Potassium (given the symbol "K") is one of the macrominerals that your horse needs.
It is one of the most important minerals throughout the body.
As the major intracellular cation (an ion with a positive charge that is found inside cells), it plays a huge role in maintaining acid-base balance.
It is also essential in maintaining osmotic balance...or the amount of water that is inside cells.
However, its biggest job is to be involved in skeletal muscle excitability through potassium ion channels.
Approximately 75% of this mineral in the equine body is found in the skeletal muscle.
These channels are located throughout your horse's body in cell membranes. They are opened in various ways (by voltage, presence of calcium, etc.) to allow K either in or out of cells.
In "excitable cells" (for instance, neurons, which make up nerves), K is responsible for exciting the cell. For instance, when your horse wants to swish his tail to get rid of a fly, the muscles attached to the tail bone must be excited so that they contract. They are excited by potassium being rushed across cell membranes. So, every time your horse moves a muscle he's using K. The heart is also a muscle...and one that is controlled by K. The amount that moves across the heart's potassium ion channels can be increased or decreased to speed up or slow down the heartbeat.
Not only are these channels essential in excitable cells, they are also important in other cells because they regulate the release of hormones. If there is a malfunction of the channels, some hormones, such as insulin, may be mis-regulated.
Most forages contain a large amount of K...1-2% on a dry matter basis. Cereal grains, on the other hand, contain only 0.3-0.4% on a dry matter basis.
Due to the large amount of forage that horses consume, their daily intake usually is much more than their requirement. Therefore supplementation is very rarely needed.
Despite the large excess of intake, this excess appears to be of little concern. The equine kidney is very efficient at removing excess K from the body. When potassium intake is increased, urinary excretion increases, followed by fecal excretion.
It has also been found that horses will refuse to eat if given a diet with excess K and deprived of adequate water. This mechanism ensures that toxicity is of very little concern...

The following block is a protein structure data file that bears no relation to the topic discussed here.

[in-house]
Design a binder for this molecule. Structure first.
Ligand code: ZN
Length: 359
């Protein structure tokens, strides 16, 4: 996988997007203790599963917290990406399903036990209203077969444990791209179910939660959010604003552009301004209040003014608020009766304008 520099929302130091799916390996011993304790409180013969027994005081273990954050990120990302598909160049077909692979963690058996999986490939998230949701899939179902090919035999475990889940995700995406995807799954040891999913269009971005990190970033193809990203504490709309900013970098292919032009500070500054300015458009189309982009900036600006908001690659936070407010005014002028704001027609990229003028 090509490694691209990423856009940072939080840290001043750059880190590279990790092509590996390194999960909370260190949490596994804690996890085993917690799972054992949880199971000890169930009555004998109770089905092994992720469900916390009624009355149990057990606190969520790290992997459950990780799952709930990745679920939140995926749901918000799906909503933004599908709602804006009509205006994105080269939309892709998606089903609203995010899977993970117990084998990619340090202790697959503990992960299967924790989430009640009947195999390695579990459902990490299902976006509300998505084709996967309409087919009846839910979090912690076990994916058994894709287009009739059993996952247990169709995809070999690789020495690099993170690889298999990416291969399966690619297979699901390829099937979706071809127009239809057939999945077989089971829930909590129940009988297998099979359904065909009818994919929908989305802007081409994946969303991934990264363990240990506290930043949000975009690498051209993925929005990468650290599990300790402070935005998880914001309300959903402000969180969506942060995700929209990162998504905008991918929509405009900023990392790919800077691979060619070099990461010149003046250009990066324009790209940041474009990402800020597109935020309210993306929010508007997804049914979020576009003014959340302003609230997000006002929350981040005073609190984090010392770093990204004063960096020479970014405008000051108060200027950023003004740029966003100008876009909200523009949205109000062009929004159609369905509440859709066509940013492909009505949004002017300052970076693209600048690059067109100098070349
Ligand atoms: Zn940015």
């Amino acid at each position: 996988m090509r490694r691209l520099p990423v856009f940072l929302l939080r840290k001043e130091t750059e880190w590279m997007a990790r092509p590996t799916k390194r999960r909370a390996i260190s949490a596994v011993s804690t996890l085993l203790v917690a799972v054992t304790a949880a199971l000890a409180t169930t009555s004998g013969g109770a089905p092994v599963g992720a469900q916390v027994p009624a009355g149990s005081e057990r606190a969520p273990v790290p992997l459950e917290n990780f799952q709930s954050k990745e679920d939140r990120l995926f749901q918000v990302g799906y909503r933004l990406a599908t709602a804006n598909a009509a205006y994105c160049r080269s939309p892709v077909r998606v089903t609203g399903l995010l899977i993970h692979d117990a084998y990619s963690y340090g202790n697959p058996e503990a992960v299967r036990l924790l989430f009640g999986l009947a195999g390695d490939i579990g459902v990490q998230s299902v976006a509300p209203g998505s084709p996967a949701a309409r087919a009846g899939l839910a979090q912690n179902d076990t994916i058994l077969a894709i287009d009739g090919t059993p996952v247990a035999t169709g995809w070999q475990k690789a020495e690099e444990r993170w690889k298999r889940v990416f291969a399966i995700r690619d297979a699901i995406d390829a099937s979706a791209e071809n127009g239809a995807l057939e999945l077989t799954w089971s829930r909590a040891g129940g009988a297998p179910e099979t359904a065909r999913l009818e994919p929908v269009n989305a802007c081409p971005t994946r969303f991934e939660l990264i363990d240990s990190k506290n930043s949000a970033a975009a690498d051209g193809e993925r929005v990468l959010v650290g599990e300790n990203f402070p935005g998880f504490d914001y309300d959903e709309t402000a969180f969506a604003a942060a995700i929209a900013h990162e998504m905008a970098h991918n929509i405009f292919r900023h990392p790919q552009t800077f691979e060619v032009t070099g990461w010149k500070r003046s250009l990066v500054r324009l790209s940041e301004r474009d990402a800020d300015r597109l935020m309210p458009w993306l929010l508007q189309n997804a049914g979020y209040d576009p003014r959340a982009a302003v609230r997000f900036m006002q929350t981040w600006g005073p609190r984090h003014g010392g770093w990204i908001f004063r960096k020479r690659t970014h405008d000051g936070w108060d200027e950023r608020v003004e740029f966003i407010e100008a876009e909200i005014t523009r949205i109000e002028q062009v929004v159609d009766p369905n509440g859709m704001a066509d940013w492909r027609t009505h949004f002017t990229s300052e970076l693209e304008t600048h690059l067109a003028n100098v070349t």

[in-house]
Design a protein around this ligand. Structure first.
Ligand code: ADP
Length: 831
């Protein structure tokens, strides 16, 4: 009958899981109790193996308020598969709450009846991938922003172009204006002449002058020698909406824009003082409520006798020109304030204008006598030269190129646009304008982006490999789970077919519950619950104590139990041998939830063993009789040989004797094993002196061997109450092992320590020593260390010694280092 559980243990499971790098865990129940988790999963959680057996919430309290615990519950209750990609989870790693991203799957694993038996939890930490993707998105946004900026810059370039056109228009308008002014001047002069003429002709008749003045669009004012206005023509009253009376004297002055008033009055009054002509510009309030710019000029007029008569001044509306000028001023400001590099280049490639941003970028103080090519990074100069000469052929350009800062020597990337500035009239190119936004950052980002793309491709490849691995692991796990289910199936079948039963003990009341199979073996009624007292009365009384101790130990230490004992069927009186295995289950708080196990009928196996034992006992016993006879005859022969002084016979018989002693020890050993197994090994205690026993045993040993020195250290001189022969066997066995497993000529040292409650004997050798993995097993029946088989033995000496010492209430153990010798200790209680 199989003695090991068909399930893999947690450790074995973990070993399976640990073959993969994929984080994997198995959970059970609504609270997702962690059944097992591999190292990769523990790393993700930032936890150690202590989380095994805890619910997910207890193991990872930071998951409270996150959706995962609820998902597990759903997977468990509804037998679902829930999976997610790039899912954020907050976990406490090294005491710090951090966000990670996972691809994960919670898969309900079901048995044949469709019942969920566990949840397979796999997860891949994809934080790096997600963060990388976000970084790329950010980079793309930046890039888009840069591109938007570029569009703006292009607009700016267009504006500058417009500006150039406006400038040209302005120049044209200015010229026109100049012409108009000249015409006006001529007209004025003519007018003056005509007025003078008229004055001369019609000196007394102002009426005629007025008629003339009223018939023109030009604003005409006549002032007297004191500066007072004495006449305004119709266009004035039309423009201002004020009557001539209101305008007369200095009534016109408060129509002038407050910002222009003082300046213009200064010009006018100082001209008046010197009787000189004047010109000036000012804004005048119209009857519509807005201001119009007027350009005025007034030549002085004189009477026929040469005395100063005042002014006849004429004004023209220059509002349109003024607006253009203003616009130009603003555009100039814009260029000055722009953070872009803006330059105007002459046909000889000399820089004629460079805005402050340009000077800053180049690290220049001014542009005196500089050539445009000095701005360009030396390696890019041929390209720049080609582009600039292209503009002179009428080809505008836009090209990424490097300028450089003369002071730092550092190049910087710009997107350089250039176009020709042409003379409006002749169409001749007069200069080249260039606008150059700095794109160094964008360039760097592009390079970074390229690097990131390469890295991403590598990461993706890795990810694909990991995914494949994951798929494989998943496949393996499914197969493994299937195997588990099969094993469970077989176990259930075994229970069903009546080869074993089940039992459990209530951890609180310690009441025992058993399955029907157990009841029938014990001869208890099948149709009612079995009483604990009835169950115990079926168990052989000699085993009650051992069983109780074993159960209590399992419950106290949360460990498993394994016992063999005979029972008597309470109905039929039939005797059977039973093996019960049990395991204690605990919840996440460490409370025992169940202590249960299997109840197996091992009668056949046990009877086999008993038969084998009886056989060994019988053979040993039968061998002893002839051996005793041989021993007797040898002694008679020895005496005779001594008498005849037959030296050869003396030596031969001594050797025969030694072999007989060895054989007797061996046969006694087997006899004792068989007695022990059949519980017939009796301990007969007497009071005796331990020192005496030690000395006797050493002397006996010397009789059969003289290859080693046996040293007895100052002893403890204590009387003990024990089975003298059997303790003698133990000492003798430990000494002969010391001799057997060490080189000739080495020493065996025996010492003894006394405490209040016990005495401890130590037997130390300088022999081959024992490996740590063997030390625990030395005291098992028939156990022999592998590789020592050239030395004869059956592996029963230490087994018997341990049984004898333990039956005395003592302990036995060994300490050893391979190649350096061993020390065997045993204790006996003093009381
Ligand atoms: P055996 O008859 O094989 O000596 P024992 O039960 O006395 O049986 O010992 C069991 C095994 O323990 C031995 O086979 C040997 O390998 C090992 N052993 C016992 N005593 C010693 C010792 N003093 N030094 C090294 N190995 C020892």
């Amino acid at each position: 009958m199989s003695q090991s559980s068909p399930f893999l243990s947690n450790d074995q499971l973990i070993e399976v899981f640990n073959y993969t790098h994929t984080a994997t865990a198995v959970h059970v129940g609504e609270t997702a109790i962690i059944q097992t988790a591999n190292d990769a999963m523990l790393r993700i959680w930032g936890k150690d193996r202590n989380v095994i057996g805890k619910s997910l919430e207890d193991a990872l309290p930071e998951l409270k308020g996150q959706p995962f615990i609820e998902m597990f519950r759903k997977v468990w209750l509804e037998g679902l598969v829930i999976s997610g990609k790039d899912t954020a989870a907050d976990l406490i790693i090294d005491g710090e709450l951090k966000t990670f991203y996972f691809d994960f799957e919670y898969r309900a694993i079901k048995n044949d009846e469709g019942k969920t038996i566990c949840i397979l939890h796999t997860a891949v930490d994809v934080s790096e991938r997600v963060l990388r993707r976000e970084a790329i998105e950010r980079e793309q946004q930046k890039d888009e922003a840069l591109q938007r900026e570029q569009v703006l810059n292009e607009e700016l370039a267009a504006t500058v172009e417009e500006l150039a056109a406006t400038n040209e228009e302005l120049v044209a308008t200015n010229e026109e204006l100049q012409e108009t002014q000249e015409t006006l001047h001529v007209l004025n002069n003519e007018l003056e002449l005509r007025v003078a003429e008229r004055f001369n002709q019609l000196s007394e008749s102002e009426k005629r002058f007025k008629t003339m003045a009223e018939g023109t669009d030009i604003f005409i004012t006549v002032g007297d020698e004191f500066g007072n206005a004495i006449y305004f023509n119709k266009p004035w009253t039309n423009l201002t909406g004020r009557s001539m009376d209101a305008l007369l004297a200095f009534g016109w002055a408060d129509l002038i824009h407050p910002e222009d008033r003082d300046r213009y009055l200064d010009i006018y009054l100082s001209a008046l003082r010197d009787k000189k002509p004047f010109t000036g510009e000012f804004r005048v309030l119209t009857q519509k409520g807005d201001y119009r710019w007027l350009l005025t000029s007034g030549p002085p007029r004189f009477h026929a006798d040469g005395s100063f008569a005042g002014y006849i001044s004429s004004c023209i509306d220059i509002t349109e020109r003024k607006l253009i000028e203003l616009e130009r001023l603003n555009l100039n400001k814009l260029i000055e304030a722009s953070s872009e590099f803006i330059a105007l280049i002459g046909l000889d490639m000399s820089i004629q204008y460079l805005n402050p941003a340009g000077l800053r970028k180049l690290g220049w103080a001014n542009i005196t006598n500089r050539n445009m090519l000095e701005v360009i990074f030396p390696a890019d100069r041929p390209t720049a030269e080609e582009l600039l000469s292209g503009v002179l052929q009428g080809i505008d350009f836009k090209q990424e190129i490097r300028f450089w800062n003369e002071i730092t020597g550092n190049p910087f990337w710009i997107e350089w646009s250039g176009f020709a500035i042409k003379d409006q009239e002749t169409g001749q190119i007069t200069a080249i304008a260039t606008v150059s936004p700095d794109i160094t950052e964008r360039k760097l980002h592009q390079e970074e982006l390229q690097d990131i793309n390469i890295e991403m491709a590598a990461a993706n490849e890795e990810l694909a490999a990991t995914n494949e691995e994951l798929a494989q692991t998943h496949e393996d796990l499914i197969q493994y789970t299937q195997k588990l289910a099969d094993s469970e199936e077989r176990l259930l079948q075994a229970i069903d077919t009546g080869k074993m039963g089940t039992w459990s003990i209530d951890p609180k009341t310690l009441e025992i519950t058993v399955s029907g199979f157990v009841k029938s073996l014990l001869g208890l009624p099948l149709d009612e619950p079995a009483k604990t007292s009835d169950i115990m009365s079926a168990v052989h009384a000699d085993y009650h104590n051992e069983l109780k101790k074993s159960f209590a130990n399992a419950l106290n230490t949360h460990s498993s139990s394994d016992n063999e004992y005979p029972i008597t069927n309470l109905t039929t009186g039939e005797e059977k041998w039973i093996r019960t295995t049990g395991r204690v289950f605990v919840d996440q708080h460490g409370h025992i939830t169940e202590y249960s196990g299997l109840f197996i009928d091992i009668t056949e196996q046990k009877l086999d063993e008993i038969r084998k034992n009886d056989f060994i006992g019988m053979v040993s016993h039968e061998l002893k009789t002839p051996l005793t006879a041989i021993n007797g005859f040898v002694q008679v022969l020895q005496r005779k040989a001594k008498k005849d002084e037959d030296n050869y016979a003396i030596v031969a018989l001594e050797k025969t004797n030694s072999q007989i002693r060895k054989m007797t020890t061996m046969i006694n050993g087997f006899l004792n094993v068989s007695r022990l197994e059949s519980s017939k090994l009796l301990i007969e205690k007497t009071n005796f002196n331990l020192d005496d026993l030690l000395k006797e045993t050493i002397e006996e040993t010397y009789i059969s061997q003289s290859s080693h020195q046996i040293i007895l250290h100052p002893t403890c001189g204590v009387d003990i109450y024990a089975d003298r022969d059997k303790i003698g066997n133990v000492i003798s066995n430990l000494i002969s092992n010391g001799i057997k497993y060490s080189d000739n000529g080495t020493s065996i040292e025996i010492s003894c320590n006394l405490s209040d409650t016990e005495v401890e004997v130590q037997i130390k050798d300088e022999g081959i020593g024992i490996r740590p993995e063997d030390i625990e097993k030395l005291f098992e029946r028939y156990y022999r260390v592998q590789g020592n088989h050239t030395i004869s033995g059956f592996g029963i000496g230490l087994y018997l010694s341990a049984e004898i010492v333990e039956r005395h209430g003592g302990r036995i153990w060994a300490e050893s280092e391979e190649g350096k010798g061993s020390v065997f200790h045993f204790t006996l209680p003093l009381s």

As long as there is water available to the body, potassium can be excreted through urine...if the horse only takes in K when he has water available, he'll never run into a situation where he has an excess and no ability to excrete it through urine.
Most horses will not have to worry about a deficiency. When foals were fed potassium-deficient diets in one study (which usually doesn't happen in practical horse-keeping situations), they eventually stop eating, and as a result become very poor looking. However, when the foals were given supplemental K in addition to their deficient diet, they immediately started eating again, and their appearance improved greatly.
However, horses that are exercising heavily may develop a deficiency, especially in hot and humid weather where they sweat more and therefore lose more electrolytes (potassium is a major electrolyte). Up to 10 to 15 L of fluid can be lost per hour in exercising horses. Horses that are exercising for prolonged periods (for example, an endurance horse) are at particular risk. The administration of IV or oral electrolytes may not be enough to correct the loss from sweat, as these products are higher in sodium than K, while the sweating horse loses more potassium than sodium. However, due to the excess dietary intake that is common, K may not even need to be supplemented at all.
The most common time that supplementation may be necessary is for very strenuous events (especially in hot climates) where the horse is exercising for long periods without a chance to eat.